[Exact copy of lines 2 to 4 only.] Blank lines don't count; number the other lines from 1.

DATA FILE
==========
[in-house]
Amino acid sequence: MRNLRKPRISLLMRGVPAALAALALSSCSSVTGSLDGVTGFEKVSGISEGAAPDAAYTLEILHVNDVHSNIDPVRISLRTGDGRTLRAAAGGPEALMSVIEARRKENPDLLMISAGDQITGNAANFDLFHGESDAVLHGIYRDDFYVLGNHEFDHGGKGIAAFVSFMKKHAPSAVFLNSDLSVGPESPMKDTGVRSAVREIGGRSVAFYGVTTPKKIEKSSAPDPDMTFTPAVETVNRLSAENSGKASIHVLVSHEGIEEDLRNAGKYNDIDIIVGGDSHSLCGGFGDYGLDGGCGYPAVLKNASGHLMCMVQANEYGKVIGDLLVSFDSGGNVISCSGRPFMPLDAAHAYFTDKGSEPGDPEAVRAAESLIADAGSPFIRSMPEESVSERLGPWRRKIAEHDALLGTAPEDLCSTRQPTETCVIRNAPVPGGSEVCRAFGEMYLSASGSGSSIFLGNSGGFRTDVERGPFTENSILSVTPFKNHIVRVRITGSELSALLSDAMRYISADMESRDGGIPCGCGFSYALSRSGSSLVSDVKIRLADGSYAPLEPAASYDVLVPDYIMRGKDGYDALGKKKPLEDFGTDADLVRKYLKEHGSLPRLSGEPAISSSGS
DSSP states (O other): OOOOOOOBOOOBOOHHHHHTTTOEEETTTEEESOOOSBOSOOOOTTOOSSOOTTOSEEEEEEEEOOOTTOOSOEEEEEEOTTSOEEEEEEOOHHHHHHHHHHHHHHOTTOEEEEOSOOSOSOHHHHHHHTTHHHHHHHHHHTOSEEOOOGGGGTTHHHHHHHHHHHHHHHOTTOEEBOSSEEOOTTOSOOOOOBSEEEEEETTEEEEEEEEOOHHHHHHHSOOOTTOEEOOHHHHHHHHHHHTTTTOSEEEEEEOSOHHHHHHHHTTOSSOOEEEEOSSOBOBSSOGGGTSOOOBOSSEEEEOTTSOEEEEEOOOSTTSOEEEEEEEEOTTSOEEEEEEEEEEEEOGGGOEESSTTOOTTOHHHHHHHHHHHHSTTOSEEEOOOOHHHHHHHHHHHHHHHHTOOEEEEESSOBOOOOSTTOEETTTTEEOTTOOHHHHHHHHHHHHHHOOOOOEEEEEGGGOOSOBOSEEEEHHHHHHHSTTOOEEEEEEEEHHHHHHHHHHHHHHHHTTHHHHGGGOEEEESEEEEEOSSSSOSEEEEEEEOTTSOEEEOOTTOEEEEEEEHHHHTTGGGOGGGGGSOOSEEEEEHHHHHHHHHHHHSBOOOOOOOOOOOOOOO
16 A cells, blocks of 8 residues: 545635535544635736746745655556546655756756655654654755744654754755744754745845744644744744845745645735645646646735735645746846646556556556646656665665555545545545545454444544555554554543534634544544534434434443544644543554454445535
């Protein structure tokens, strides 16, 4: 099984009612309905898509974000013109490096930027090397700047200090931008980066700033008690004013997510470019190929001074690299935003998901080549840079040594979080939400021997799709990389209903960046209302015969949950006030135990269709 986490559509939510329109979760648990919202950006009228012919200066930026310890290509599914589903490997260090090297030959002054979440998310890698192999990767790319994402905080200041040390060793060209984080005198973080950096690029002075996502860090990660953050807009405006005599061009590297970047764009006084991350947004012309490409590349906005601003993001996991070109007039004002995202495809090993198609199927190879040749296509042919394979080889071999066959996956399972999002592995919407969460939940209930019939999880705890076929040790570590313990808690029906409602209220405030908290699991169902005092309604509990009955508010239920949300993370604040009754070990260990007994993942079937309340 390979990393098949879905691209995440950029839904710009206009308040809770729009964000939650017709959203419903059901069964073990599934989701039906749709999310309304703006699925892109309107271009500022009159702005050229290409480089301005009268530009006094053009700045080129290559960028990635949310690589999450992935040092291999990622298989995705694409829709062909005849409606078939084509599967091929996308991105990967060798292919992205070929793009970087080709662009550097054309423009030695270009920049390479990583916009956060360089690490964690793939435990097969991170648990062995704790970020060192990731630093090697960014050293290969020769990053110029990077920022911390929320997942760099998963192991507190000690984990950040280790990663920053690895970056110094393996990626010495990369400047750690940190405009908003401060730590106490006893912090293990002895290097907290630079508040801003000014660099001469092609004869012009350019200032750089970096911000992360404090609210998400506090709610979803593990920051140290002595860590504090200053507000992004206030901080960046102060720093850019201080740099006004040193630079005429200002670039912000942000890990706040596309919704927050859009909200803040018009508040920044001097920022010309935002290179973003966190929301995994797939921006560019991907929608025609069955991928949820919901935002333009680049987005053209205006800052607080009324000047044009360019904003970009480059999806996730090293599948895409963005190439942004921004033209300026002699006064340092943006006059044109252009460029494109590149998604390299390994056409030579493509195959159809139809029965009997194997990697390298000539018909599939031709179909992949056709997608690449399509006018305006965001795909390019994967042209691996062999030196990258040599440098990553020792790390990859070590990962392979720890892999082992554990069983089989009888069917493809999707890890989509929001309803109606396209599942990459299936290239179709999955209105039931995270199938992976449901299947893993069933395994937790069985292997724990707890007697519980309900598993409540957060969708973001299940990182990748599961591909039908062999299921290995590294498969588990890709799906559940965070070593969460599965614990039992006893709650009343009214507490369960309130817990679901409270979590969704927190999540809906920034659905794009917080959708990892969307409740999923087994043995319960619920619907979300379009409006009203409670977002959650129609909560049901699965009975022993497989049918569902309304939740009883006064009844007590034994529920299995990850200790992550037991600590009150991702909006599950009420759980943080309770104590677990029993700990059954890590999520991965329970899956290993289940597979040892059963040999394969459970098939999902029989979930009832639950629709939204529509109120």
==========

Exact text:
Amino acid sequence: MRNLRKPRISLLMRGVPAALAALALSSCSSVTGSLDGVTGFEKVSGISEGAAPDAAYTLEILHVNDVHSNIDPVRISLRTGDGRTLRAAAGGPEALMSVIEARRKENPDLLMISAGDQITGNAANFDLFHGESDAVLHGIYRDDFYVLGNHEFDHGGKGIAAFVSFMKKHAPSAVFLNSDLSVGPESPMKDTGVRSAVREIGGRSVAFYGVTTPKKIEKSSAPDPDMTFTPAVETVNRLSAENSGKASIHVLVSHEGIEEDLRNAGKYNDIDIIVGGDSHSLCGGFGDYGLDGGCGYPAVLKNASGHLMCMVQANEYGKVIGDLLVSFDSGGNVISCSGRPFMPLDAAHAYFTDKGSEPGDPEAVRAAESLIADAGSPFIRSMPEESVSERLGPWRRKIAEHDALLGTAPEDLCSTRQPTETCVIRNAPVPGGSEVCRAFGEMYLSASGSGSSIFLGNSGGFRTDVERGPFTENSILSVTPFKNHIVRVRITGSELSALLSDAMRYISADMESRDGGIPCGCGFSYALSRSGSSLVSDVKIRLADGSYAPLEPAASYDVLVPDYIMRGKDGYDALGKKKPLEDFGTDADLVRKYLKEHGSLPRLSGEPAISSSGS
DSSP states (O other): OOOOOOOBOOOBOOHHHHHTTTOEEETTTEEESOOOSBOSOOOOTTOOSSOOTTOSEEEEEEEEOOOTTOOSOEEEEEEOTTSOEEEEEEOOHHHHHHHHHHHHHHOTTOEEEEOSOOSOSOHHHHHHHTTHHHHHHHHHHTOSEEOOOGGGGTTHHHHHHHHHHHHHHHOTTOEEBOSSEEOOTTOSOOOOOBSEEEEEETTEEEEEEEEOOHHHHHHHSOOOTTOEEOOHHHHHHHHHHHTTTTOSEEEEEEOSOHHHHHHHHTTOSSOOEEEEOSSOBOBSSOGGGTSOOOBOSSEEEEOTTSOEEEEEOOOSTTSOEEEEEEEEOTTSOEEEEEEEEEEEEOGGGOEESSTTOOTTOHHHHHHHHHHHHSTTOSEEEOOOOHHHHHHHHHHHHHHHHTOOEEEEESSOBOOOOSTTOEETTTTEEOTTOOHHHHHHHHHHHHHHOOOOOEEEEEGGGOOSOBOSEEEEHHHHHHHSTTOOEEEEEEEEHHHHHHHHHHHHHHHHTTHHHHGGGOEEEESEEEEEOSSSSOSEEEEEEEOTTSOEEEOOTTOEEEEEEEHHHHTTGGGOGGGGGSOOSEEEEEHHHHHHHHHHHHSBOOOOOOOOOOOOOOO
16 A cells, blocks of 8 residues: 545635535544635736746745655556546655756756655654654755744654754755744754745845744644744744845745645735645646646735735645746846646556556556646656665665555545545545545454444544555554554543534634544544534434434443544644543554454445535